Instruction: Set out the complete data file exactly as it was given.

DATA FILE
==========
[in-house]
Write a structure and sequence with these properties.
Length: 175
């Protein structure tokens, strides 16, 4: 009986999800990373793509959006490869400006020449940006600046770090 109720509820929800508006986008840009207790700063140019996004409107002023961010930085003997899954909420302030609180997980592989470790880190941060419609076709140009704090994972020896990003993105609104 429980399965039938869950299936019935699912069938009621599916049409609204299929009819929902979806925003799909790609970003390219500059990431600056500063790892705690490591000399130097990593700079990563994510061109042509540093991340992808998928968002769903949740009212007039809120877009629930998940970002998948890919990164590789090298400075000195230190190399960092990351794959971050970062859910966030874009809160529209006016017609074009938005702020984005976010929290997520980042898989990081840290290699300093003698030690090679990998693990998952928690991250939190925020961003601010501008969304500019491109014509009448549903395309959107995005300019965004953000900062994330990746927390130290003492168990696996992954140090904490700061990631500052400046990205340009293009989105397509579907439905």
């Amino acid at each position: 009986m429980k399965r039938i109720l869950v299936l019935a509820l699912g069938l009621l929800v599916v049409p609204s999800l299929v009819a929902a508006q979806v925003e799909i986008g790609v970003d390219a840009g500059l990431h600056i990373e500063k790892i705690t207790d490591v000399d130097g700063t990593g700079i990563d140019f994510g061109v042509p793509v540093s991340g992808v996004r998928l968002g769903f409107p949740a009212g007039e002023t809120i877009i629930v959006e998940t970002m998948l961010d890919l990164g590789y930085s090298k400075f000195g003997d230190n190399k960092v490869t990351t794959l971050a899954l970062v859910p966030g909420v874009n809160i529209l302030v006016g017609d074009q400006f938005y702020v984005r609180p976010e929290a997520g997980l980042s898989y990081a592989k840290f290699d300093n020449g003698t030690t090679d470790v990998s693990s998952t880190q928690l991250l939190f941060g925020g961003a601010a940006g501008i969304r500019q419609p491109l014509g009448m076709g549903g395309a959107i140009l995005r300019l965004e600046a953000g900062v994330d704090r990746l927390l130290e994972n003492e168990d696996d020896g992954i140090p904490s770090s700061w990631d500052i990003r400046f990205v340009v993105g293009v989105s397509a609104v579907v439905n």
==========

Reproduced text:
[in-house]
Write a structure and sequence with these properties.
Length: 175
């Protein structure tokens, strides 16, 4: 009986999800990373793509959006490869400006020449940006600046770090 109720509820929800508006986008840009207790700063140019996004409107002023961010930085003997899954909420302030609180997980592989470790880190941060419609076709140009704090994972020896990003993105609104 429980399965039938869950299936019935699912069938009621599916049409609204299929009819929902979806925003799909790609970003390219500059990431600056500063790892705690490591000399130097990593700079990563994510061109042509540093991340992808998928968002769903949740009212007039809120877009629930998940970002998948890919990164590789090298400075000195230190190399960092990351794959971050970062859910966030874009809160529209006016017609074009938005702020984005976010929290997520980042898989990081840290290699300093003698030690090679990998693990998952928690991250939190925020961003601010501008969304500019491109014509009448549903395309959107995005300019965004953000900062994330990746927390130290003492168990696996992954140090904490700061990631500052400046990205340009293009989105397509579907439905």
């Amino acid at each position: 009986m429980k399965r039938i109720l869950v299936l019935a509820l699912g069938l009621l929800v599916v049409p609204s999800l299929v009819a929902a508006q979806v925003e799909i986008g790609v970003d390219a840009g500059l990431h600056i990373e500063k790892i705690t207790d490591v000399d130097g700063t990593g700079i990563d140019f994510g061109v042509p793509v540093s991340g992808v996004r998928l968002g769903f409107p949740a009212g007039e002023t809120i877009i629930v959006e998940t970002m998948l961010d890919l990164g590789y930085s090298k400075f000195g003997d230190n190399k960092v490869t990351t794959l971050a899954l970062v859910p966030g909420v874009n809160i529209l302030v006016g017609d074009q400006f938005y702020v984005r609180p976010e929290a997520g997980l980042s898989y990081a592989k840290f290699d300093n020449g003698t030690t090679d470790v990998s693990s998952t880190q928690l991250l939190f941060g925020g961003a601010a940006g501008i969304r500019q419609p491109l014509g009448m076709g549903g395309a959107i140009l995005r300019l965004e600046a953000g900062v994330d704090r990746l927390l130290e994972n003492e168990d696996d020896g992954i140090p904490s770090s700061w990631d500052i990003r400046f990205v340009v993105g293009v989105s397509a609104v579907v439905n």